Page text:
We shall probably never know who was the first boarder at the school; whether it was Master West, of Alscot Park, who lived with the Rev Joseph Greene during his headmastership and concerning whom we have such a wealth of correspondence between the headmaster and the Hon James West covering the years 1749 to 1764, or whether others had previously been accommodated in the school in a similar way.
The report of the Schools Inquiry Commission of 1867 makes it clear that there were no boarders at the school at that time, but the new scheme of 1876 which followed as a result of that inquiry provided that in future the school should have boarders if the governors thought fit, and brought this development a step nearer by providing an official residence for the headmaster in 1877. This house, opposite New Place Gardens in Chapel Lane, had been used as a private school by Mr Warrilow since he had vacated his previous room, which was the southern half of Big School, in 1845, and it was now enlarged and became School House. Soon after this the headmaster encountered opposition in the form of a landlady in Old Town who advertised rooms for boys in her house, presumably at a lower figure than the headmaster's, but although the governors took a serious view of this development they felt that they could do no more than set up a visiting committee to ensure that her accommodation was satisfactory.
The idea of boarders was not quickly accepted, and even a year after the Rev R S de C Laffan had come (admittedly a year of great trade depression) the school could still muster no more than two official boarders. Then the tide began to turn in its favour, the following year there were six, then eleven, and by 1892 there were twenty boarders and six resident assistant masters in School House, and the headmaster had suggested the purchase of the Old Vicarage to make room for more. Then the tide began to ebb again, and in his last report to the governors in 1895 Laffan had to admit with regret a decrease, particularly in the number of boarders and attributable to a serious and general depression of incomes; and to make matters worse, when he went to Cheltenham College as headmaster a good number of the boarders followed him there.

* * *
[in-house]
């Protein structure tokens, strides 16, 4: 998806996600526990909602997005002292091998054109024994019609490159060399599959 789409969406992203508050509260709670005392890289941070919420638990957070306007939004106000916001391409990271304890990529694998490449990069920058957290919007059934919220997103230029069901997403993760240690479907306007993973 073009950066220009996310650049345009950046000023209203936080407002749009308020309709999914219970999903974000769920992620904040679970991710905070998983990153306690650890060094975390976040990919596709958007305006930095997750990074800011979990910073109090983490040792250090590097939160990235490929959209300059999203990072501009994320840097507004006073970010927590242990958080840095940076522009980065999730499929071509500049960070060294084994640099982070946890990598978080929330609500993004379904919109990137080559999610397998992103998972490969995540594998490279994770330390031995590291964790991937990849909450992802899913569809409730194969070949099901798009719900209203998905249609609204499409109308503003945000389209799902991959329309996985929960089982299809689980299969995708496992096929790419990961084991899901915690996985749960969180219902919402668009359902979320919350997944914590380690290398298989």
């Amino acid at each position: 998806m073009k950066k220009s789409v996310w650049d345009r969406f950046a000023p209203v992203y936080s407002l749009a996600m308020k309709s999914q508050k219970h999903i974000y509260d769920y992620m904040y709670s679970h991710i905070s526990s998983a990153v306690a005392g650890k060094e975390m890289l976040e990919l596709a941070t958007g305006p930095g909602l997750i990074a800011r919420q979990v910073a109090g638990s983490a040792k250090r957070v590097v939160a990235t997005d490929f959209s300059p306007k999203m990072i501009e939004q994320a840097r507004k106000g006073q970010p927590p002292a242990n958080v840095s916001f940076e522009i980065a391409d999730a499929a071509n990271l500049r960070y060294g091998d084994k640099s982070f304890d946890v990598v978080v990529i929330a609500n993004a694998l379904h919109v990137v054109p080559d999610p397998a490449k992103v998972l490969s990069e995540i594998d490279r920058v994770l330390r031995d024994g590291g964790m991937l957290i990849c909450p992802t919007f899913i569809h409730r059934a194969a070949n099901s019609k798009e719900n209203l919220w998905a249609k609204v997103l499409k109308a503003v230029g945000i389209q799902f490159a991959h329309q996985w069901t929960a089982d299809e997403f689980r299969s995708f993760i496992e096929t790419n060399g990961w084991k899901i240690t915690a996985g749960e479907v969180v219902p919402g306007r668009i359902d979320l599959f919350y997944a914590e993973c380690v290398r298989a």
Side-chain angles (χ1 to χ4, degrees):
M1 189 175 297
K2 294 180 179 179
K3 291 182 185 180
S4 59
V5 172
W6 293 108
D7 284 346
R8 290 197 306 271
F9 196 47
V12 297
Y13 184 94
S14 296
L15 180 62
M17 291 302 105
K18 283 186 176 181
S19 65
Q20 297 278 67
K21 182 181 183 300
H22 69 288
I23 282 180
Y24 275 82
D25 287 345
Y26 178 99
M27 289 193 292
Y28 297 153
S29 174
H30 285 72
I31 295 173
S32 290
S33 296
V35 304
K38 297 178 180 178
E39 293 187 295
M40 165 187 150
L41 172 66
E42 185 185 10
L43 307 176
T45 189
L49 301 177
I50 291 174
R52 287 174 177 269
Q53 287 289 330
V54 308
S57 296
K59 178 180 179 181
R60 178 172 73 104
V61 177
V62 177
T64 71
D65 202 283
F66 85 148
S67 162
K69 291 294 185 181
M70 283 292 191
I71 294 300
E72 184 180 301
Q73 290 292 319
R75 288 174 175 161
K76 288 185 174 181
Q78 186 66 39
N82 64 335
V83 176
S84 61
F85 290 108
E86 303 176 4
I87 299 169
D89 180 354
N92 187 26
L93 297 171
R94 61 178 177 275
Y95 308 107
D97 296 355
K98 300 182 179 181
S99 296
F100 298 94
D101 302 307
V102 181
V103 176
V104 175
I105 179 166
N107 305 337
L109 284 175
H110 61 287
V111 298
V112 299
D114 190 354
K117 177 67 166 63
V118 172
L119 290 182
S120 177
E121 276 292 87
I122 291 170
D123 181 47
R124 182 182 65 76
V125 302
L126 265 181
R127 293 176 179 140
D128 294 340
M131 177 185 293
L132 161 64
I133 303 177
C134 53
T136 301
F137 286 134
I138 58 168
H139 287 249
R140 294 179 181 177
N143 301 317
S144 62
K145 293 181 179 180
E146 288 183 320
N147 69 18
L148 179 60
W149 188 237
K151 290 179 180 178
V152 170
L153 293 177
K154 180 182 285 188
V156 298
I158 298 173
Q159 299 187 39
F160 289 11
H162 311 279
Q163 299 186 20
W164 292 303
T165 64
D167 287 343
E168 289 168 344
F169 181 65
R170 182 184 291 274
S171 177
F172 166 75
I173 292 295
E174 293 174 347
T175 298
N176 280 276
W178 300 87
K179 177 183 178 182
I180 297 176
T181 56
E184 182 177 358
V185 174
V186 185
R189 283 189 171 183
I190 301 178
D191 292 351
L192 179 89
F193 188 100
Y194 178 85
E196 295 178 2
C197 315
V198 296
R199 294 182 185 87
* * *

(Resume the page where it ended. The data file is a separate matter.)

The Rev E J W Houghton tackled his work courageously from a bad start, and in spite of a necessary increase in boarding fees the numbers slowly began to mount again. A new study block was built at the back of School House in 1888 when every dormitory was full, and the following year the headmaster built the new dining hall at his own expense and was able to report that there were now thirty-three boarders out of a total strength of ninety-one in the school.
When he left the school in 1902 Houghton took a number of the boarders with him to Canterbury (this seems to have been a feature of headmasters' movements in those days) and so passed on to the Rev Cornwell Robertson the problem that he had himself inherited. Even so, the boarding side soon gained in popularity again, the old dining hall was fitted up as a reading and recreation room and became the headquarters of the school Debating, Scientific and Photographic Societies and the Chess Club, and eyes were again turned towards the Old Vicarage; by 1904 the School House was full once more. Then again, slowly, the boarders drifted away, and when the Rev A C Knight came in 1914 there were practically none at all,
From The Story of Shakespeare's School 1854-1953 by Leslie Watkins
(Stratford-upon-Avon: Herald Press and Edward Fox & Sons, 1953)